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A dress (also known as a frock or a gown) is a garment consisting of a skirt with an attached bodice (or a matching bodice giving the effect of a one-piece garment). In Western culture, dresses are usually considered to be items of women's and girls' apparel.
The hemlines of dresses vary depending on the whims of fashion and the modesty or personal taste of the wearer.
A typical pre-prom gathering, with girls in dresses, and boys in tuxedos
TYPES OF DRESSES
Ball gown, a very formal dress, typically elaborate and floor-length
Bouffant gown, a fancy gown for formal occasions
Cocktail dress, a semi-formal dress
Débutante dress, a white dress worn by young women at debutante cotillions
Evening gown, a long dress worn for evening events
Gymslip, a sleeveless tunic most commonly worn as part of a girl's school uniform
House dress, an informal dress worn at home for doing housework in
Jumper dress, a dress worn over a blouse
Little black dress, an evening dress or cocktail dress, often quite short, which has enjoyed popularity as a wardrobe staple since the 1920s
Maxi dress, a long dress, often ankle length, corresponding to the maxi skirt
Midi dress, a dress of mid-calf length
Minidress, a short dress with a high hemline equivalent to that found on a mini skirt
Nightdress, worn as nightwear, which may come in a variety of styles
Princess dress, a fitted dress shaped by long shaped panels and seams rather than by darts
Sailor dress, a dress with sailor collar and styling. Also known as a Peter Thomson dress
Sari, a style of clothing worn by women in the Indian Subcontinent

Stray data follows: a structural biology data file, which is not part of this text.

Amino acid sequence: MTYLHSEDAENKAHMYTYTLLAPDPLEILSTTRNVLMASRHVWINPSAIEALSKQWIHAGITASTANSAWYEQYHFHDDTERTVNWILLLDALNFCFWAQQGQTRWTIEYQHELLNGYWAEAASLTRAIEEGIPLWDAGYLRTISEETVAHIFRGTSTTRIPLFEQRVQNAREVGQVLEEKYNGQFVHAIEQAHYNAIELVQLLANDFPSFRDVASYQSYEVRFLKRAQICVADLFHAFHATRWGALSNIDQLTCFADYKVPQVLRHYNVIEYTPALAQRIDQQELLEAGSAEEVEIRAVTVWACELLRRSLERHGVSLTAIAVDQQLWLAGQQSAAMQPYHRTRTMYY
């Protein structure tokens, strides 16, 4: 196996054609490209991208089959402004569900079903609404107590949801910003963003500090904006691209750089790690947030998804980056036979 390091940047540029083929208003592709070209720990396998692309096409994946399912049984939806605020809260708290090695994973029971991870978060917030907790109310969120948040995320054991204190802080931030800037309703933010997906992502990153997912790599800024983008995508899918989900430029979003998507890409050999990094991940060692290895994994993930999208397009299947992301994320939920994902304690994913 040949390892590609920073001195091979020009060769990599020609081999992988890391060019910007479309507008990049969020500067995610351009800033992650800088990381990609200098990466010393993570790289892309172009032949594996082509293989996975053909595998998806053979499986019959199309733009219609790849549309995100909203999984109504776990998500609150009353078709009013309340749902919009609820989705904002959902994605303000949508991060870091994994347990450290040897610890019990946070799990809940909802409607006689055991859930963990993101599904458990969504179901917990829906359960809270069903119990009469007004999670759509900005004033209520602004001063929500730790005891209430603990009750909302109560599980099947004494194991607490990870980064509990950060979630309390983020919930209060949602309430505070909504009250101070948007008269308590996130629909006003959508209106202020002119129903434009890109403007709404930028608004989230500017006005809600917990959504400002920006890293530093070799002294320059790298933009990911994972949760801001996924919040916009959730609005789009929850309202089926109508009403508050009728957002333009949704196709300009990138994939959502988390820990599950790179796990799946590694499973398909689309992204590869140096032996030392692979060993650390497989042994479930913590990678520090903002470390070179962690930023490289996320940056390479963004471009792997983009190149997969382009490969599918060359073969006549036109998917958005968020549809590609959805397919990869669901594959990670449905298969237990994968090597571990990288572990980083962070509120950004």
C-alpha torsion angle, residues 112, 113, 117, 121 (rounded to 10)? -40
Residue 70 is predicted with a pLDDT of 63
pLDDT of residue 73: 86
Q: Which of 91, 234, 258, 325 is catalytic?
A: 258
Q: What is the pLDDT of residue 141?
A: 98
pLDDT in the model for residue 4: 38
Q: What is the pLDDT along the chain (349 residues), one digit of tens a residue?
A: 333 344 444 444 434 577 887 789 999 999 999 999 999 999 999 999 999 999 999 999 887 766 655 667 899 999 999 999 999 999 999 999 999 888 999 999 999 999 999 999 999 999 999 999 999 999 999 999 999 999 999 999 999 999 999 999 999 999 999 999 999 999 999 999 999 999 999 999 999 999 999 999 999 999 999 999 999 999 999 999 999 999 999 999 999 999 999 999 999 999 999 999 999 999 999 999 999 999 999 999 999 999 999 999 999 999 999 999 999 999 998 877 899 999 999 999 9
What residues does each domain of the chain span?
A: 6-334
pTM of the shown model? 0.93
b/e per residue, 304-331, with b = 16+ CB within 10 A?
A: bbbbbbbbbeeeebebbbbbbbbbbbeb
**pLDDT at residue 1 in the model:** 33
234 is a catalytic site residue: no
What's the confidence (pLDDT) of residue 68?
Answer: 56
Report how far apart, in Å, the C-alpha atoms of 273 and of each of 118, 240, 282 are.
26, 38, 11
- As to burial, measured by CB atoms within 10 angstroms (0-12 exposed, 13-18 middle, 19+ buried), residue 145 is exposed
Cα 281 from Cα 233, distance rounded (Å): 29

Sheath dress, a form fitting (or sheath-like) dress
Shift dress or chemise, a short, sleeveless dress in a simple style with little detailing
Shirtdress, a dress borrowing details from the style of a men's shirt, often including collar or front buttons
Slip dress, a dress closely resembling a petticoat
Strapless dress, a dress with no visible means of support (usually held up by interior corsetry or boning, or by elasticated fabric)
Sundress, intended for wearing in warmer weather. It will often be made of a lightweight fabric and will frequently be sleeveless
Tea gown, a semiformal gown intended for wear during afternoon tea
Trapeze dress, an exaggerated A-line dress flaring from a fitted shoulder
Wrap dress, a dress having a front closure which wraps around the body, forming a v-shaped neckline
There are numerous styles of wedding dress worn exclusively by the bride at her wedding. In Western cultures, white is the most popular colour
Traditional Japanese kimono-style wedding dress
Rajput bride (India) wearing pink
Traditional Bahrain wedding dress
LENGTHS OF DRESSES AND SKIRTS
A miniskirt (sometimes hyphenated as "mini-skirt") is a skirt with a hemline well above the knees, generally at mid-thigh level, normally no longer than 10 cm (4 in) below the buttocks; and a minidress is a dress with such a hemline. A micro-miniskirt or microskirt is a miniskirt with its hemline at the upper thigh, at or just below crotch level.
The popularity of miniskirts peaked in the "Swinging London" of the 1960s, but it is still commonplace among many women, especially teenagers, preteens, and young adults. Before that time, short skirts were only seen in sport and dance clothing, such as skirts worn by female tennis players, figure skaters, cheerleaders, and dancers. Read More…